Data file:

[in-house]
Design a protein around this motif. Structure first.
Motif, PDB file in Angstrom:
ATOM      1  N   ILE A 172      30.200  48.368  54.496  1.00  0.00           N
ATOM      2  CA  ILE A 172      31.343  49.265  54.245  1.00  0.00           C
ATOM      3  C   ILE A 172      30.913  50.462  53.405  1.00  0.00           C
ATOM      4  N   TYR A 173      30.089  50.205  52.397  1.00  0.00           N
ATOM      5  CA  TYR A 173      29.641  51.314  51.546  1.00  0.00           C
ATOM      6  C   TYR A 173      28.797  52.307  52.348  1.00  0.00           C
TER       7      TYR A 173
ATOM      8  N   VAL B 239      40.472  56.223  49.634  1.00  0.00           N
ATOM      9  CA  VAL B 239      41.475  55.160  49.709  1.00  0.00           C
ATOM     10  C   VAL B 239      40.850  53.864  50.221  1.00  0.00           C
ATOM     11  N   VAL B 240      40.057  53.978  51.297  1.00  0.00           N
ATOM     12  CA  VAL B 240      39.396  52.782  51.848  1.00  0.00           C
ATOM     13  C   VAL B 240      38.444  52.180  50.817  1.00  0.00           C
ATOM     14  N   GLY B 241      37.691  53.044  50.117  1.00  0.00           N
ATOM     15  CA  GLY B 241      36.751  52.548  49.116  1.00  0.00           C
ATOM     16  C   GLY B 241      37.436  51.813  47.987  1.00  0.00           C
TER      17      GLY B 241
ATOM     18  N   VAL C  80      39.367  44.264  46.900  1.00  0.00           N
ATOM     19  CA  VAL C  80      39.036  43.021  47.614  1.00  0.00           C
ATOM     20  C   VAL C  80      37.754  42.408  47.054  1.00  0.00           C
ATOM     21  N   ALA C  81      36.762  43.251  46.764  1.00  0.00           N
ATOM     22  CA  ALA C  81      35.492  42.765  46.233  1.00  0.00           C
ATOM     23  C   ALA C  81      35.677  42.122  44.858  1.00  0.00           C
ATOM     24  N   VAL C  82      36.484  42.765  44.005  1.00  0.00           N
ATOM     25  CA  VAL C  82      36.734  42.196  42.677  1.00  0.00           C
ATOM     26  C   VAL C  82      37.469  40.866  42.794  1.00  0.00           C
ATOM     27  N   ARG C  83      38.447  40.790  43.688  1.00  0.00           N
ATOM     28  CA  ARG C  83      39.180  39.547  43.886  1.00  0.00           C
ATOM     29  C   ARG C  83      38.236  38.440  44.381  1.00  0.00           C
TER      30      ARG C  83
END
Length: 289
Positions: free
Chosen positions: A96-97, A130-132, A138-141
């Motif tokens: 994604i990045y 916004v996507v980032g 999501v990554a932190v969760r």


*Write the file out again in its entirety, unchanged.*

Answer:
[in-house]
Design a protein around this motif. Structure first.
Motif, PDB file in Angstrom:
ATOM      1  N   ILE A 172      30.200  48.368  54.496  1.00  0.00           N
ATOM      2  CA  ILE A 172      31.343  49.265  54.245  1.00  0.00           C
ATOM      3  C   ILE A 172      30.913  50.462  53.405  1.00  0.00           C
ATOM      4  N   TYR A 173      30.089  50.205  52.397  1.00  0.00           N
ATOM      5  CA  TYR A 173      29.641  51.314  51.546  1.00  0.00           C
ATOM      6  C   TYR A 173      28.797  52.307  52.348  1.00  0.00           C
TER       7      TYR A 173
ATOM      8  N   VAL B 239      40.472  56.223  49.634  1.00  0.00           N
ATOM      9  CA  VAL B 239      41.475  55.160  49.709  1.00  0.00           C
ATOM     10  C   VAL B 239      40.850  53.864  50.221  1.00  0.00           C
ATOM     11  N   VAL B 240      40.057  53.978  51.297  1.00  0.00           N
ATOM     12  CA  VAL B 240      39.396  52.782  51.848  1.00  0.00           C
ATOM     13  C   VAL B 240      38.444  52.180  50.817  1.00  0.00           C
ATOM     14  N   GLY B 241      37.691  53.044  50.117  1.00  0.00           N
ATOM     15  CA  GLY B 241      36.751  52.548  49.116  1.00  0.00           C
ATOM     16  C   GLY B 241      37.436  51.813  47.987  1.00  0.00           C
TER      17      GLY B 241
ATOM     18  N   VAL C  80      39.367  44.264  46.900  1.00  0.00           N
ATOM     19  CA  VAL C  80      39.036  43.021  47.614  1.00  0.00           C
ATOM     20  C   VAL C  80      37.754  42.408  47.054  1.00  0.00           C
ATOM     21  N   ALA C  81      36.762  43.251  46.764  1.00  0.00           N
ATOM     22  CA  ALA C  81      35.492  42.765  46.233  1.00  0.00           C
ATOM     23  C   ALA C  81      35.677  42.122  44.858  1.00  0.00           C
ATOM     24  N   VAL C  82      36.484  42.765  44.005  1.00  0.00           N
ATOM     25  CA  VAL C  82      36.734  42.196  42.677  1.00  0.00           C
ATOM     26  C   VAL C  82      37.469  40.866  42.794  1.00  0.00           C
ATOM     27  N   ARG C  83      38.447  40.790  43.688  1.00  0.00           N
ATOM     28  CA  ARG C  83      39.180  39.547  43.886  1.00  0.00           C
ATOM     29  C   ARG C  83      38.236  38.440  44.381  1.00  0.00           C
TER      30      ARG C  83
END
Length: 289
Positions: free
Chosen positions: A96-97, A130-132, A138-141
């Motif tokens: 994604i990045y 916004v996507v980032g 999501v990554a932190v969760r």